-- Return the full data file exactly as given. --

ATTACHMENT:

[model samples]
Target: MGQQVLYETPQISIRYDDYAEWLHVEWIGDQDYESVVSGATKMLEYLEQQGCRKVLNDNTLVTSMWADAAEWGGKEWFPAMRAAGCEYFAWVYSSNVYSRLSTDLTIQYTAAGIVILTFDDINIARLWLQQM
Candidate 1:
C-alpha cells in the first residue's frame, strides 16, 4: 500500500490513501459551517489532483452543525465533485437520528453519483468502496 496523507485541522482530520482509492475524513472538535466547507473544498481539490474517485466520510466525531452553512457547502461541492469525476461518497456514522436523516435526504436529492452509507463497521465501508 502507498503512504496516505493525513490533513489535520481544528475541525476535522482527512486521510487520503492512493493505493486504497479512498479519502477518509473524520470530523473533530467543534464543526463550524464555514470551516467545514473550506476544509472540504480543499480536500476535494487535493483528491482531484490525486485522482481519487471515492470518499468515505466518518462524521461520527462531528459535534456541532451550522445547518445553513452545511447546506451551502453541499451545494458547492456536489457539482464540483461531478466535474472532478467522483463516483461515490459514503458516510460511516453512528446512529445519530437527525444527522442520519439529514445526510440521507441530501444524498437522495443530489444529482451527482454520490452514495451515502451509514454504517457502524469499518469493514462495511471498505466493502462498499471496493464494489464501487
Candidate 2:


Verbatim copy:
[model samples]
Target: MGQQVLYETPQISIRYDDYAEWLHVEWIGDQDYESVVSGATKMLEYLEQQGCRKVLNDNTLVTSMWADAAEWGGKEWFPAMRAAGCEYFAWVYSSNVYSRLSTDLTIQYTAAGIVILTFDDINIARLWLQQM
Candidate 1:
C-alpha cells in the first residue's frame, strides 16, 4: 500500500490513501459551517489532483452543525465533485437520528453519483468502496 496523507485541522482530520482509492475524513472538535466547507473544498481539490474517485466520510466525531452553512457547502461541492469525476461518497456514522436523516435526504436529492452509507463497521465501508 502507498503512504496516505493525513490533513489535520481544528475541525476535522482527512486521510487520503492512493493505493486504497479512498479519502477518509473524520470530523473533530467543534464543526463550524464555514470551516467545514473550506476544509472540504480543499480536500476535494487535493483528491482531484490525486485522482481519487471515492470518499468515505466518518462524521461520527462531528459535534456541532451550522445547518445553513452545511447546506451551502453541499451545494458547492456536489457539482464540483461531478466535474472532478467522483463516483461515490459514503458516510460511516453512528446512529445519530437527525444527522442520519439529514445526510440521507441530501444524498437522495443530489444529482451527482454520490452514495451515502451509514454504517457502524469499518469493514462495511471498505466493502462498499471496493464494489464501487
Candidate 2: